New Delhi: Afroz Shah, a lawyer and environmentalist who led a large people's movement to collect garbage from Mumbai's famous Versova Beach, told NDTV, "I have to state blankly that I have failed miserably."
- Afroz Shah launched clean-up in 2015 of Mumbai's largest beach
- Says garbage collected by volunteers is not disposed by civic agencies
- Says he was threatened. Sena's Aditya Thackeray promises help
In 2015, Mr Shah launched an initiative to clean up Mumbai's largest beach. He was able to galvanize 12,000 volunteers, who he recruited through social media and a door-to-door campaign, explaining the importance of the mission to fishing villages and others.
But on the weekend, he said he was shutting down the initiative. He tweeted, "Week 109 cleanup. Volunteers abused by goons for picking up garbage. Administrative lethargy, non clearance of picked up garbage and abuses is what we are acing. World's largest beach clean up is suspended. Tried my best and failed. Forgive me and my ocean and my country."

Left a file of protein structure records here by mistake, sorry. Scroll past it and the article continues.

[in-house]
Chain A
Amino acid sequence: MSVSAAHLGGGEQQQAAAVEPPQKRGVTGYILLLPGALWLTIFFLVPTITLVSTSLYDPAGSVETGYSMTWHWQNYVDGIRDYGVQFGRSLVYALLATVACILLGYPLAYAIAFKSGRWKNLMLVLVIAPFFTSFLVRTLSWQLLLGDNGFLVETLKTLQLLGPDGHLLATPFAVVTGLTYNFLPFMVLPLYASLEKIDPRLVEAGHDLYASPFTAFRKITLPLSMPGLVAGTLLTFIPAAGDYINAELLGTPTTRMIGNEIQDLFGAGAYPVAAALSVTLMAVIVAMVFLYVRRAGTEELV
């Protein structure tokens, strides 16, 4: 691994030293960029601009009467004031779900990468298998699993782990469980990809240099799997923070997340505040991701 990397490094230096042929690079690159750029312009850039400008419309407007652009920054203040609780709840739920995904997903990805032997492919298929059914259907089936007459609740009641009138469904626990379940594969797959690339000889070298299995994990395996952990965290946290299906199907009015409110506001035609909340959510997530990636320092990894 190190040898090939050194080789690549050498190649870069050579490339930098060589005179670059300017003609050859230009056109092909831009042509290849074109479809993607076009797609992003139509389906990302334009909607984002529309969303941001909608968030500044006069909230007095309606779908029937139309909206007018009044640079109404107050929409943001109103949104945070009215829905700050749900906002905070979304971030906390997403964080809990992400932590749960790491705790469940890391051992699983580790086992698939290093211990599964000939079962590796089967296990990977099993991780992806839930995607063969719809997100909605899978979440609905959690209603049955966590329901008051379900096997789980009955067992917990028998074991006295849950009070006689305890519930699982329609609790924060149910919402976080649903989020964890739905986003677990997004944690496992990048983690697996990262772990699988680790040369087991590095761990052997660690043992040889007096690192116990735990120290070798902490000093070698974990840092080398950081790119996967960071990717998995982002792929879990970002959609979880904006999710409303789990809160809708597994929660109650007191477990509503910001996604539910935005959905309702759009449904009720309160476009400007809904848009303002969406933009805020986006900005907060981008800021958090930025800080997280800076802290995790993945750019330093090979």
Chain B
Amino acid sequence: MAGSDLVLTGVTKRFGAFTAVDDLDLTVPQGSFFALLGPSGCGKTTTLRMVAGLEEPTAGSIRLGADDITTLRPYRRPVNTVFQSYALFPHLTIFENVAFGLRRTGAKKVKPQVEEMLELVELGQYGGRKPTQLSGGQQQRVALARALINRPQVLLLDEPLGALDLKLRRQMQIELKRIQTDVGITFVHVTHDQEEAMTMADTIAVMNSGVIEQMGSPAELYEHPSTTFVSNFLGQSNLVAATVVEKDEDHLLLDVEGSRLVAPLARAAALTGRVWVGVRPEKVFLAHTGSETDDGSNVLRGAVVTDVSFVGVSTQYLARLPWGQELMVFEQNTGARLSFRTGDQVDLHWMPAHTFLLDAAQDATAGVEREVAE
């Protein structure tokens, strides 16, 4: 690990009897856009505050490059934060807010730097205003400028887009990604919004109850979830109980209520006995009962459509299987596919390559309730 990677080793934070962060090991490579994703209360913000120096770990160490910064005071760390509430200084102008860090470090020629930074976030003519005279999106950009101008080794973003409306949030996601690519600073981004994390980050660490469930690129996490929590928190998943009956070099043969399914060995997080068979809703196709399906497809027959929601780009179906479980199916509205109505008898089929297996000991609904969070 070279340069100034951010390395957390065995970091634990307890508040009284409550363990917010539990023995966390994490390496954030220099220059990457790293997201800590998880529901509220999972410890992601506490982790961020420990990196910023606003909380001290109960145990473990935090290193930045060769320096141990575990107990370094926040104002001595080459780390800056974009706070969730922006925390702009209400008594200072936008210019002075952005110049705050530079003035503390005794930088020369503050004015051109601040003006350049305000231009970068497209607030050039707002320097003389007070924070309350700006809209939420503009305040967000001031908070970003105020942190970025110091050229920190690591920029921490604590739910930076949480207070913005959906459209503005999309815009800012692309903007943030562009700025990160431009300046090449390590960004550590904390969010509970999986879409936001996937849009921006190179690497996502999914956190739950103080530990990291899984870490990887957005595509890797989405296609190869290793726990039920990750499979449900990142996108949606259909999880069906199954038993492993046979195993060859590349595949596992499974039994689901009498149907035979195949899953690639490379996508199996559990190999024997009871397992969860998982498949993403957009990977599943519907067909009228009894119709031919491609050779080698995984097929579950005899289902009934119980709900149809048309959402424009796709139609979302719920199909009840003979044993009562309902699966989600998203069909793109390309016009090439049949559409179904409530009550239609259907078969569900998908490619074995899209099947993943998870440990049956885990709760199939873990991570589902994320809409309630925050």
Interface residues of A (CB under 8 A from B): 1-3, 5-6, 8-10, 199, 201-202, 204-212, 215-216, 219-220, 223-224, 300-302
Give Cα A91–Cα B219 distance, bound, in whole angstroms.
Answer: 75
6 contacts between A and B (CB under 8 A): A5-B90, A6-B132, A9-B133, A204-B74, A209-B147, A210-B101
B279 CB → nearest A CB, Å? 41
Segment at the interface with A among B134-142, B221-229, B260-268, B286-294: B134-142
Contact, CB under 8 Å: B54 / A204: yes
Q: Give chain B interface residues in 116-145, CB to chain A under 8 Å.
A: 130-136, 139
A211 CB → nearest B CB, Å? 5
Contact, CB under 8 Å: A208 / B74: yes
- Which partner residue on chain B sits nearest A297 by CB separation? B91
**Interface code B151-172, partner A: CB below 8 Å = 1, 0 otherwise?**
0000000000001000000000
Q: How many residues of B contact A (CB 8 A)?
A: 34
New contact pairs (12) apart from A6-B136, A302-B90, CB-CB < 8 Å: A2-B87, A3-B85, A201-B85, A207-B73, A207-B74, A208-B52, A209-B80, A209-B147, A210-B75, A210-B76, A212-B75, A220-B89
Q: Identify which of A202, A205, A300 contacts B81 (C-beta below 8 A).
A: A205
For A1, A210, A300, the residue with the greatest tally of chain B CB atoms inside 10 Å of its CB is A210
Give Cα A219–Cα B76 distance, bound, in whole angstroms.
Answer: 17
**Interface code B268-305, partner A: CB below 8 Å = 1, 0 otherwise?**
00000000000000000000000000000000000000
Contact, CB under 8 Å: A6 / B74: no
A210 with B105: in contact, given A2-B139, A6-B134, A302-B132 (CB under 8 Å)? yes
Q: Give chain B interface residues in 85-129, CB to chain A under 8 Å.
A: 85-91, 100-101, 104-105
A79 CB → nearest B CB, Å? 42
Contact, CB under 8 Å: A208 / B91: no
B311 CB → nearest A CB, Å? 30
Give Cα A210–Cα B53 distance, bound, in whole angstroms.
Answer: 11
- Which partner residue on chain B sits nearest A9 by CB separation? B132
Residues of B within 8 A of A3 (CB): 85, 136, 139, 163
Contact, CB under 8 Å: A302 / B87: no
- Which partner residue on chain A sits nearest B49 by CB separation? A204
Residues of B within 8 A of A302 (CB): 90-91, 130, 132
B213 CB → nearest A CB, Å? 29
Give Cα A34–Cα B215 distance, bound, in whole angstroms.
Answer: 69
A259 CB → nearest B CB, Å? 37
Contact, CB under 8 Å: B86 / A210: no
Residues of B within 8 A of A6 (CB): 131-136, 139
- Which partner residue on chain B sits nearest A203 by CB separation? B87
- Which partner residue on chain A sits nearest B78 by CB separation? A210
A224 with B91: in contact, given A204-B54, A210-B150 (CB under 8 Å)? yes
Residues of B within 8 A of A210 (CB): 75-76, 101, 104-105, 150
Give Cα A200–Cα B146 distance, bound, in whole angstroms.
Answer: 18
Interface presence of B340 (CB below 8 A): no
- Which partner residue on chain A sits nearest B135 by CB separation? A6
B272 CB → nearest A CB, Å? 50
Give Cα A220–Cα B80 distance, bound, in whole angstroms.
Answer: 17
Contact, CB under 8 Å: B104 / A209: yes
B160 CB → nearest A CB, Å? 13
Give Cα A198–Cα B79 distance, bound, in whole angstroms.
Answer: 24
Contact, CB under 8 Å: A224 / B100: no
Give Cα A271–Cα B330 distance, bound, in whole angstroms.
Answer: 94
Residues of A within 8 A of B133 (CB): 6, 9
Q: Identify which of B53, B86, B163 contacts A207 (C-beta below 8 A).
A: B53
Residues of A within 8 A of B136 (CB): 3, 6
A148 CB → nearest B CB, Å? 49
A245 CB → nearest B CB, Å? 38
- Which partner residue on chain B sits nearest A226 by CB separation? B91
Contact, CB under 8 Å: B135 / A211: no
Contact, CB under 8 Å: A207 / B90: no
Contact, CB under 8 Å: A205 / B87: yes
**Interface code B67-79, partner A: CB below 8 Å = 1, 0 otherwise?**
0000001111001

Appearing on "The Buck Stops Here", he said, "Do you think it was easy for me to put out that tweet after 109 weeks when we have given our blood and our sweat? We are hard core lovers of our country, we are desh-bhakts to the core."
Aditya Thackeray, leader of the Shiv Sena, said today that he has met with Mr Shah. "Requested him to not give up on the beach cleaning by citizens. 2 issues: law & order- will speak to Police. Also will have Shiv Sena- Yuva Sena members present to ensure those cleaning are safe," he tweeted.
Mr Shah says municipal authorities have been extremely slow in disposing the garbage collected by his volunteers from the beach. Since October 2015, 4,000 tonnes of trash have been collected from the 2.5 kilometre beach. His movement has attracted hundreds of volunteers from Bollywood stars to politicians and has been praised by Prime Minister Narendra Modi.
According to the United Nations which declared him a 2016 Champion of the Earth, volunteers have responded to Mr Shah's calls for a "date with the ocean", which "in reality means labouring shin-deep in rotting garbage under the scorching Indian sun."